The term motivation is overused.
What really lies beneath the surface is habit and discipline. Or... the habit of being disciplined.
When I first started rowing I used to run with the slow kids at the back in training.
No offence to the slow kids at the back, but at the time I excelled at sport - sport was my life and had been for the 5 years prior.
I still remember the day my coach drove past us in a car (the only time he ever did this to my memory) and shouted - and I'll paraphrase - "What the f*ck are you doing Ben, run!".
A fair assessment of my laziness. My point being...
At this stage in my life, I was very bad at doing things I didn't want to do. I wasn't very disciplined.
With my school work especially. My grades where average/poor, as they always had been - and I was the master of making excuses both to myself and my teachers.
Mainly because I found it difficult, especially in the case of exams or tests.
But... rowing became a catalyst for discipline.
When you have to turn up day-in-day-out doing things you don't want to do you get better and better at it - you become more disciplined.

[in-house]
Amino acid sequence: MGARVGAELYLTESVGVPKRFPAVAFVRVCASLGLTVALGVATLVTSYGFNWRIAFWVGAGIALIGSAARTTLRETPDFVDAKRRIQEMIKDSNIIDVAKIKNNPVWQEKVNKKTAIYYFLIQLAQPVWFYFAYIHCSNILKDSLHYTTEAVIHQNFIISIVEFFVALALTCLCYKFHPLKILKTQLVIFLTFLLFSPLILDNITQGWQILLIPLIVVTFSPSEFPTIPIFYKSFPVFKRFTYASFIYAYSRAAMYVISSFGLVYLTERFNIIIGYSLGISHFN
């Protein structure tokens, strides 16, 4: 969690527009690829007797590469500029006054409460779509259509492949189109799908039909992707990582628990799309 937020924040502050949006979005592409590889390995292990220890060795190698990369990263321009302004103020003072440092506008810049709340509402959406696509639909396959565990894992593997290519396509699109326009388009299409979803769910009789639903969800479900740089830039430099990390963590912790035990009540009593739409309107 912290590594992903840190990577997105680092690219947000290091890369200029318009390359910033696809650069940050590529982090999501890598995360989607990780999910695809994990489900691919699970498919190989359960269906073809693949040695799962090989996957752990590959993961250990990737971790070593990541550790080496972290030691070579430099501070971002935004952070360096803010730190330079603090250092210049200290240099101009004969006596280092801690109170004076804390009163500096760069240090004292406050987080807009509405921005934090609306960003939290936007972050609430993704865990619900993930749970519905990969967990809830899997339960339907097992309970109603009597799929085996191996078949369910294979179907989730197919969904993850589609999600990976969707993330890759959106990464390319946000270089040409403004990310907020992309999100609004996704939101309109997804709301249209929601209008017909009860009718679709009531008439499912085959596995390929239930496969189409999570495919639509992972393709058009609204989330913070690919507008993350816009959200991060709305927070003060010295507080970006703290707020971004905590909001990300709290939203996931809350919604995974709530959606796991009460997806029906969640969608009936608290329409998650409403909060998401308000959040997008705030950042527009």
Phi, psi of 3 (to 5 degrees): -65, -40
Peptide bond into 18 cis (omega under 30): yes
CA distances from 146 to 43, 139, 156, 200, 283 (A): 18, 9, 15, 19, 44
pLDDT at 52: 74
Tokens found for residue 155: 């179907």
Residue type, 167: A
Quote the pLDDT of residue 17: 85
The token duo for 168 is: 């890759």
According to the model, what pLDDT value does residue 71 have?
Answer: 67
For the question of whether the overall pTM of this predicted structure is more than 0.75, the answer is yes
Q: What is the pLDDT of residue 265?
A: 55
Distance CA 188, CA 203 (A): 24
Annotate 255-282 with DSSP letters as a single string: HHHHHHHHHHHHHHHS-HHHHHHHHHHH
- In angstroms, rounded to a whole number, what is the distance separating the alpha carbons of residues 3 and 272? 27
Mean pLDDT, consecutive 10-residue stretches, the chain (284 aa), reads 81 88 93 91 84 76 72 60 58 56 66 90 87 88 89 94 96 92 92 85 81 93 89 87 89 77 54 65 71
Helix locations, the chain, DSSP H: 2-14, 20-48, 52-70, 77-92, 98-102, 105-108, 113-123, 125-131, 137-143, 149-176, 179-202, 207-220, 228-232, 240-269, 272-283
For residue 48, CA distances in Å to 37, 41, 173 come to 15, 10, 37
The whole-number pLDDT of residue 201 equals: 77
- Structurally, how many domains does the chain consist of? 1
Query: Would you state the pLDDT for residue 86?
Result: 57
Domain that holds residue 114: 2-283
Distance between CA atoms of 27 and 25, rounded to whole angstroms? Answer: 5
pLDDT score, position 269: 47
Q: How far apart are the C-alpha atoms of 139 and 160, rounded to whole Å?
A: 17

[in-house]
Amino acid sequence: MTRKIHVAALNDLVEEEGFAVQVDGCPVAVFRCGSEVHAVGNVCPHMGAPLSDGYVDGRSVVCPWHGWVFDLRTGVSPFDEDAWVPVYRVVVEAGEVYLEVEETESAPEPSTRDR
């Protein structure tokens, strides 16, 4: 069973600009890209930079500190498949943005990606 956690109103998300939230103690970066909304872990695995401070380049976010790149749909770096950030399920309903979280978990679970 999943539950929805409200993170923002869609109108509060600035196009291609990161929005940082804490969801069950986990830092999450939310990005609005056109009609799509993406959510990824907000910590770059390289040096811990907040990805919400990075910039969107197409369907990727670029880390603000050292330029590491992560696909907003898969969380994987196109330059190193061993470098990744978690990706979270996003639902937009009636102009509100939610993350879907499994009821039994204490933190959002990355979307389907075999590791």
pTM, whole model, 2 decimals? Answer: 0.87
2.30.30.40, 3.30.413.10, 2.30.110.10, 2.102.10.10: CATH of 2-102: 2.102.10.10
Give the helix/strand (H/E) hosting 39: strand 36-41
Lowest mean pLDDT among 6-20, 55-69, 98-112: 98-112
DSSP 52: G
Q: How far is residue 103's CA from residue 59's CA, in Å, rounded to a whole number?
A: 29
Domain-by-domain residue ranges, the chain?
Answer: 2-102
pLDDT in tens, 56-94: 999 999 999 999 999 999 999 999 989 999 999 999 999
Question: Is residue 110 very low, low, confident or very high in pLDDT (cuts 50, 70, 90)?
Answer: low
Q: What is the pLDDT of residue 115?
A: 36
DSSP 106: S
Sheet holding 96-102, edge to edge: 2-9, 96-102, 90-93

Then eventually, it becomes a habit - and that habit feeds into every and all areas of life.
The way I picture this is like a scoring system:
If every time you are faced with a choice, you get a point for the comfortable one or a point for the uncomfortable one - every time you score points for getting out of your comfort zone you become more likely to make that choice again.
Same as any habit, every day that you brush your teeth it becomes wired deeper and deeper into you as a habit.
So... you have to decide whether you want to make a habit of the uncomfortable choice.
P.s. this morning I woke up at 8:00 after woking until almost 2:00. I had to get up at 8 in order to hit my commitments for today, but after a long week I went to the toilet - telling myself don't get back into bed or you're f*cked - and proceeded to roll back into bed.
I lied there and faced this exact choice I speak of now:
A) The uncomfortable choice, "Get the f*ck back up".
Or... B) The comfortable choice, "Just one more hour".
Having made the uncomfortable choice so many times, the habit that was wired into me rolled me out of bed and landed me here, at my laptop, prepping today's YouTube video and writing this newsletter.
You're not alone, and you're not demotivated, it truly comes down to habit.